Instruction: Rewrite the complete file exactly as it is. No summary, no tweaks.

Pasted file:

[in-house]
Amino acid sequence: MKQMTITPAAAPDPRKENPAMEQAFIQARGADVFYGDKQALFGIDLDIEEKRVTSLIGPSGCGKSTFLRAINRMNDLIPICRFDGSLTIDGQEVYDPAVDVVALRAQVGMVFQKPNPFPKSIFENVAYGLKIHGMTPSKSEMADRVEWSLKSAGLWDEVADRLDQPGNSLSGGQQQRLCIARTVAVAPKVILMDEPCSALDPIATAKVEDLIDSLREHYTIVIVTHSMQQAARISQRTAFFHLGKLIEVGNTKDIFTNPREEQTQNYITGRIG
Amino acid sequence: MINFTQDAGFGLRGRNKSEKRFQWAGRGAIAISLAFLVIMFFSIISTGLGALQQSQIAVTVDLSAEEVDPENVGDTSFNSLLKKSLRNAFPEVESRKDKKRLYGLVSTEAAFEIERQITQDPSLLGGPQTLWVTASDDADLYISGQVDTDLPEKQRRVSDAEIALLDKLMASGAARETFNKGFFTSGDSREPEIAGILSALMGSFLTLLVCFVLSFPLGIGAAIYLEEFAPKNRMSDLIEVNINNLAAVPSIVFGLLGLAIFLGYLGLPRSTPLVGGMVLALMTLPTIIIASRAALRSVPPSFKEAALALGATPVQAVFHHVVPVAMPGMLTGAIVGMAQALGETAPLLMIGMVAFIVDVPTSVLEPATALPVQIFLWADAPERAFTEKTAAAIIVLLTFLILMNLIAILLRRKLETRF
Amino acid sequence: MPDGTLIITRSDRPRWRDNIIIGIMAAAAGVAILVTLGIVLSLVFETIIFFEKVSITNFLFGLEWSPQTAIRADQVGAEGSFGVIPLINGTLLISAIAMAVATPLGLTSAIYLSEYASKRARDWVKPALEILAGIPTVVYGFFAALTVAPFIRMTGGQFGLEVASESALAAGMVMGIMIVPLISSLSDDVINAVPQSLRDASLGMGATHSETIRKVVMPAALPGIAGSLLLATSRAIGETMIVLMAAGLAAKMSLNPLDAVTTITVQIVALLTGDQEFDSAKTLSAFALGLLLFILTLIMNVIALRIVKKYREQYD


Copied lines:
[in-house]
Amino acid sequence: MKQMTITPAAAPDPRKENPAMEQAFIQARGADVFYGDKQALFGIDLDIEEKRVTSLIGPSGCGKSTFLRAINRMNDLIPICRFDGSLTIDGQEVYDPAVDVVALRAQVGMVFQKPNPFPKSIFENVAYGLKIHGMTPSKSEMADRVEWSLKSAGLWDEVADRLDQPGNSLSGGQQQRLCIARTVAVAPKVILMDEPCSALDPIATAKVEDLIDSLREHYTIVIVTHSMQQAARISQRTAFFHLGKLIEVGNTKDIFTNPREEQTQNYITGRIG
Amino acid sequence: MINFTQDAGFGLRGRNKSEKRFQWAGRGAIAISLAFLVIMFFSIISTGLGALQQSQIAVTVDLSAEEVDPENVGDTSFNSLLKKSLRNAFPEVESRKDKKRLYGLVSTEAAFEIERQITQDPSLLGGPQTLWVTASDDADLYISGQVDTDLPEKQRRVSDAEIALLDKLMASGAARETFNKGFFTSGDSREPEIAGILSALMGSFLTLLVCFVLSFPLGIGAAIYLEEFAPKNRMSDLIEVNINNLAAVPSIVFGLLGLAIFLGYLGLPRSTPLVGGMVLALMTLPTIIIASRAALRSVPPSFKEAALALGATPVQAVFHHVVPVAMPGMLTGAIVGMAQALGETAPLLMIGMVAFIVDVPTSVLEPATALPVQIFLWADAPERAFTEKTAAAIIVLLTFLILMNLIAILLRRKLETRF
Amino acid sequence: MPDGTLIITRSDRPRWRDNIIIGIMAAAAGVAILVTLGIVLSLVFETIIFFEKVSITNFLFGLEWSPQTAIRADQVGAEGSFGVIPLINGTLLISAIAMAVATPLGLTSAIYLSEYASKRARDWVKPALEILAGIPTVVYGFFAALTVAPFIRMTGGQFGLEVASESALAAGMVMGIMIVPLISSLSDDVINAVPQSLRDASLGMGATHSETIRKVVMPAALPGIAGSLLLATSRAIGETMIVLMAAGLAAKMSLNPLDAVTTITVQIVALLTGDQEFDSAKTLSAFALGLLLFILTLIMNVIALRIVKKYREQYD